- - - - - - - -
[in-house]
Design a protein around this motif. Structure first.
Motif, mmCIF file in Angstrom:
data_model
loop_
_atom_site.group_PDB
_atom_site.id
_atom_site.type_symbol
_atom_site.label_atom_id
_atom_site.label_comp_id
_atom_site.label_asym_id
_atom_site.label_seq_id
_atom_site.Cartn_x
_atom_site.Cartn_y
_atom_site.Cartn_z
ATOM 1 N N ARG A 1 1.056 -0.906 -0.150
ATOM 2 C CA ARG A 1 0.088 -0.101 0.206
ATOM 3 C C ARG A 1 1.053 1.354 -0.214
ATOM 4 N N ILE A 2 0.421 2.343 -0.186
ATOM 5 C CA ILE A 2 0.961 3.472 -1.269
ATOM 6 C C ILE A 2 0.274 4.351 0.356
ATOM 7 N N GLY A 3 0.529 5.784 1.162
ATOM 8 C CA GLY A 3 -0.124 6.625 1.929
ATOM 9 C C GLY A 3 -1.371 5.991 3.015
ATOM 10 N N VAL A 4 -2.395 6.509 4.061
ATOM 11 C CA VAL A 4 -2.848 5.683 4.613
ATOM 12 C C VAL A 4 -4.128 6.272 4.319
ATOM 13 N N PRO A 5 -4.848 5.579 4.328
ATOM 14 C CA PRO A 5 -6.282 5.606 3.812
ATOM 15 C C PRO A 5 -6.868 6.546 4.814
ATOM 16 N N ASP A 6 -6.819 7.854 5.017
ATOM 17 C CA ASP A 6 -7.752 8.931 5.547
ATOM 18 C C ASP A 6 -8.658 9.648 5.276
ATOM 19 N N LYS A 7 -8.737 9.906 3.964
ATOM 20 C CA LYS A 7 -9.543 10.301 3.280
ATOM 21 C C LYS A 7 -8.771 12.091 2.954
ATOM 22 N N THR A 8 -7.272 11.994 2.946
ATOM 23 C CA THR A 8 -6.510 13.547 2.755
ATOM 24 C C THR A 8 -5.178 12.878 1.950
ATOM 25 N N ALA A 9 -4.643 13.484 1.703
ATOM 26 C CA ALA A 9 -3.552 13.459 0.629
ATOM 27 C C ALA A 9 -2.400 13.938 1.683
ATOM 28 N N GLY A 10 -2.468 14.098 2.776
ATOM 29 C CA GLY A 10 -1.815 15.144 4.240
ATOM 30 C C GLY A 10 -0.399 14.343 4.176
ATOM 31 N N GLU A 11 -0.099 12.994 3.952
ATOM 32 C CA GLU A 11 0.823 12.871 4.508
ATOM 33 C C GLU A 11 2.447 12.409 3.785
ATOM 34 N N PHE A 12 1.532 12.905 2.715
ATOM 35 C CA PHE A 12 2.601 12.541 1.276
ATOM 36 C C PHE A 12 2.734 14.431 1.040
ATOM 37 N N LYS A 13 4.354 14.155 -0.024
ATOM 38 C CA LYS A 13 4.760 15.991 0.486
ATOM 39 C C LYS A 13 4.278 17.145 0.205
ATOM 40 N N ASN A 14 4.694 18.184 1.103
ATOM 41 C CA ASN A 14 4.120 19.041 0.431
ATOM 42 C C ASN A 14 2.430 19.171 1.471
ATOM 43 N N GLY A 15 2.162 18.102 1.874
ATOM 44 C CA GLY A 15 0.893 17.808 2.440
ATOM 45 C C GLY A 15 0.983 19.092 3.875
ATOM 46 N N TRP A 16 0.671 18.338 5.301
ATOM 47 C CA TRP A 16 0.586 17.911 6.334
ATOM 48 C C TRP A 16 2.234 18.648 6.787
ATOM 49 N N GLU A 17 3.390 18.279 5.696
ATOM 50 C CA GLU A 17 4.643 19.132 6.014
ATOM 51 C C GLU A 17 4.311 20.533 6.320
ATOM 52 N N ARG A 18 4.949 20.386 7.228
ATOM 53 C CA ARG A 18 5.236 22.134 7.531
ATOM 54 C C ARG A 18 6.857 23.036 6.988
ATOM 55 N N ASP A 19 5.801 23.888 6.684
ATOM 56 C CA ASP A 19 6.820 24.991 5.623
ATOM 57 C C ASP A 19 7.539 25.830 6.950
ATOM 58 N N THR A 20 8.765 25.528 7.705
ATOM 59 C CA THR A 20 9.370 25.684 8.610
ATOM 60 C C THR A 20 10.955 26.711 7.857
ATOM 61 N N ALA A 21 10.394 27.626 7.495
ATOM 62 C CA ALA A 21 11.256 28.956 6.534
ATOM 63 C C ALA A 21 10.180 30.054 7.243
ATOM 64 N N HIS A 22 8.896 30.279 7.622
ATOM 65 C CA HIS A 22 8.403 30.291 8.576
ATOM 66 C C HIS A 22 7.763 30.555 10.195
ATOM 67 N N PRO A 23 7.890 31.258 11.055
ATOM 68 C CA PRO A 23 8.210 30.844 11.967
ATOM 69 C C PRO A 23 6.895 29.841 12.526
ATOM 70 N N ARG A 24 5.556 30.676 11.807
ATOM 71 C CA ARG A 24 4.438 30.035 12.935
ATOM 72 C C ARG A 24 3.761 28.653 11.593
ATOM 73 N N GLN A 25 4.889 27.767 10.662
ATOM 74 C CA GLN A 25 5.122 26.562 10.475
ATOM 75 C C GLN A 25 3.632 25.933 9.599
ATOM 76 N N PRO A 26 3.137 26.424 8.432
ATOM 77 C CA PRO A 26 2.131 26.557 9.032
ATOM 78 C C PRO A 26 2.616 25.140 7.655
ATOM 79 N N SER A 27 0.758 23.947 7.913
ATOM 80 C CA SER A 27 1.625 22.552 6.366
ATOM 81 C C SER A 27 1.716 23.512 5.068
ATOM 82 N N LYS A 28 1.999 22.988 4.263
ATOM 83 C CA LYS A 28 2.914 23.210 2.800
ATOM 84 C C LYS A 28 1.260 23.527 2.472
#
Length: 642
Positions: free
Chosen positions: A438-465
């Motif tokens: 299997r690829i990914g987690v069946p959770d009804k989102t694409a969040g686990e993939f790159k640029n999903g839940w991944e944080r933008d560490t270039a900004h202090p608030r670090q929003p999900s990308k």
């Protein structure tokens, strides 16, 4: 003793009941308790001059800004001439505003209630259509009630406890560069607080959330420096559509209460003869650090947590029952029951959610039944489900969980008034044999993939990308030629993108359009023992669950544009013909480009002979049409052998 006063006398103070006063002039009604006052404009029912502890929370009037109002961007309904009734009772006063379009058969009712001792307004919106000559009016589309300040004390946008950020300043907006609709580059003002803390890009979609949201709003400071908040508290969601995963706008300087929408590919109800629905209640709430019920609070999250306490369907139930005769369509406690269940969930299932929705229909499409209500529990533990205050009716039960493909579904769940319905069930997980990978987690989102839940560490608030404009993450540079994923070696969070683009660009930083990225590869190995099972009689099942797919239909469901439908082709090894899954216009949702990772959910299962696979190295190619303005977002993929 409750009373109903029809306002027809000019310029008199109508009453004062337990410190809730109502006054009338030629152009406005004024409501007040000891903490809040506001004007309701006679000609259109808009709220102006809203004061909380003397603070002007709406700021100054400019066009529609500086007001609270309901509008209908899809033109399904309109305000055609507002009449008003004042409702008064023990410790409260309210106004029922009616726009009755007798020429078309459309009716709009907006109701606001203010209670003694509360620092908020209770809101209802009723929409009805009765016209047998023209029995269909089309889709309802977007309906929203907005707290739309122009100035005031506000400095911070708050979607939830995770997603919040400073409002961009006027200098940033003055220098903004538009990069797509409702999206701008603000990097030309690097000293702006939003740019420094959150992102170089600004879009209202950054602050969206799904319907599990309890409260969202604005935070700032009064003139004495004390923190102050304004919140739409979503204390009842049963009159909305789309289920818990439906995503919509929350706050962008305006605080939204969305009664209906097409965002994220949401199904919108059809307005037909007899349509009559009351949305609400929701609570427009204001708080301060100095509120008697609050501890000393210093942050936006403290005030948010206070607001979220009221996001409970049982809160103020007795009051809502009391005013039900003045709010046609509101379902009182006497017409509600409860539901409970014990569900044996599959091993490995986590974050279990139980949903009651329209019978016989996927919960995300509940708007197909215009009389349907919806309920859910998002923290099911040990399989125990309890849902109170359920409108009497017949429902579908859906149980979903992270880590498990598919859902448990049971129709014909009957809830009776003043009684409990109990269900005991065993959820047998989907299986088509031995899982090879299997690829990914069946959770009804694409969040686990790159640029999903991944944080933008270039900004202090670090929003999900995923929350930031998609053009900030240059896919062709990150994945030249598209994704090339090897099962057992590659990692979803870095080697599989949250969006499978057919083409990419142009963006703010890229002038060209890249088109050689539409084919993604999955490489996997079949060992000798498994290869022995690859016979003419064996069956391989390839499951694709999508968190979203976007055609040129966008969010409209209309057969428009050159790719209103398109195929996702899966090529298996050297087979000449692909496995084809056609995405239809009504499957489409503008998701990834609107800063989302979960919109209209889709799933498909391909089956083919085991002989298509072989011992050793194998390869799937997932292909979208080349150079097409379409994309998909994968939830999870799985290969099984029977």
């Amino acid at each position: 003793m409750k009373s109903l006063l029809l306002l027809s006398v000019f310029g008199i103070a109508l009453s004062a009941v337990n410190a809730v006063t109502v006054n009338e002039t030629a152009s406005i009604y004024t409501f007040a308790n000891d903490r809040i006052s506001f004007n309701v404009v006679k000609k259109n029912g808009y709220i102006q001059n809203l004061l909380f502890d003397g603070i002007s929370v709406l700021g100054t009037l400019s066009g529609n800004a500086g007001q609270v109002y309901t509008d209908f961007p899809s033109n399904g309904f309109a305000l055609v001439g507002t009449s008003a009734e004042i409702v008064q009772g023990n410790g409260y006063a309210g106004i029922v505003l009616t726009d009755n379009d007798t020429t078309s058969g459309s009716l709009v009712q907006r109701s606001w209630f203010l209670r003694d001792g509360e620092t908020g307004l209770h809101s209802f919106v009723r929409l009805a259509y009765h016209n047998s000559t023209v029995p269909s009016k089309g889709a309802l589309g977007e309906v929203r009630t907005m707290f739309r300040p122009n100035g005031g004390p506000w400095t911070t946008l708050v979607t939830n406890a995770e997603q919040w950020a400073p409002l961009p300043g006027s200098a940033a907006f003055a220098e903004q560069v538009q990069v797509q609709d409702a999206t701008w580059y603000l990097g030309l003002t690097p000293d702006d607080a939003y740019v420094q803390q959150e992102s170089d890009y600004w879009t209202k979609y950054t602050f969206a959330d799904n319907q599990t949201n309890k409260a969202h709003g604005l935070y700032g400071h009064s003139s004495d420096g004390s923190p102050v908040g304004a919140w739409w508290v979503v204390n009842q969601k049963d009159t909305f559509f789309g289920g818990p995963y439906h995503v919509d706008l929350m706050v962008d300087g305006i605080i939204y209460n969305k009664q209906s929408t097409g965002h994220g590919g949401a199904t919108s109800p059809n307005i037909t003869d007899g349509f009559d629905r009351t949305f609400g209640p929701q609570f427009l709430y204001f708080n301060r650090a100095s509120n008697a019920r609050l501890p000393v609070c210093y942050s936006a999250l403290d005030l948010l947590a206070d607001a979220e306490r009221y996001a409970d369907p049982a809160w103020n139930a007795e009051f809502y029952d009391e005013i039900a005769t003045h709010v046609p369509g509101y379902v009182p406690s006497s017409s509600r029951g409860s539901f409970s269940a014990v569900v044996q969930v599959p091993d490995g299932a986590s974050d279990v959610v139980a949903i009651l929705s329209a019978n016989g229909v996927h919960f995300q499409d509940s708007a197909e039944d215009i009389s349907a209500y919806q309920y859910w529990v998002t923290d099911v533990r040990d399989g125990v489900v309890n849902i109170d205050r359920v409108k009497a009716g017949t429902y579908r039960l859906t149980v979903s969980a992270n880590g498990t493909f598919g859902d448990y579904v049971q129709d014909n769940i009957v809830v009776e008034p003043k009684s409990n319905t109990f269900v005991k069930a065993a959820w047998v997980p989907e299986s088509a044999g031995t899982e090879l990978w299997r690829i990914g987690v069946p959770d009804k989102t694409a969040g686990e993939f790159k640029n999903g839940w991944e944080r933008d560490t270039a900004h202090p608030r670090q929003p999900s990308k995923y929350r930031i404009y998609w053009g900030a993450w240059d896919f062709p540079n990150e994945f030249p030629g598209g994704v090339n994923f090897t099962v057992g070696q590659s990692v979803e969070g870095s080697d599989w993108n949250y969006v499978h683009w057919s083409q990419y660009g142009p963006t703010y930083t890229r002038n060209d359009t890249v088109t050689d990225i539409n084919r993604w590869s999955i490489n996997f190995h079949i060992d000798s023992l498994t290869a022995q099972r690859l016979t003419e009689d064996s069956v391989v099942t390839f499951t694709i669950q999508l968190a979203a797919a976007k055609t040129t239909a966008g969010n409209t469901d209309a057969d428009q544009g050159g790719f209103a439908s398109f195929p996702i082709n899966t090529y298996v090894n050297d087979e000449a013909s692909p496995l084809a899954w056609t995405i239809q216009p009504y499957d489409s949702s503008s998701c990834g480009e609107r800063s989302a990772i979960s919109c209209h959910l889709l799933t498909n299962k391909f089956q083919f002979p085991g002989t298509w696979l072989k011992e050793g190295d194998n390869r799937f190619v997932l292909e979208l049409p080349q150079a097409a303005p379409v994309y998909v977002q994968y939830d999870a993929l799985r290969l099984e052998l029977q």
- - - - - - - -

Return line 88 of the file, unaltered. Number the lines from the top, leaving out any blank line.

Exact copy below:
ATOM 73 N N GLN A 25 4.889 27.767 10.662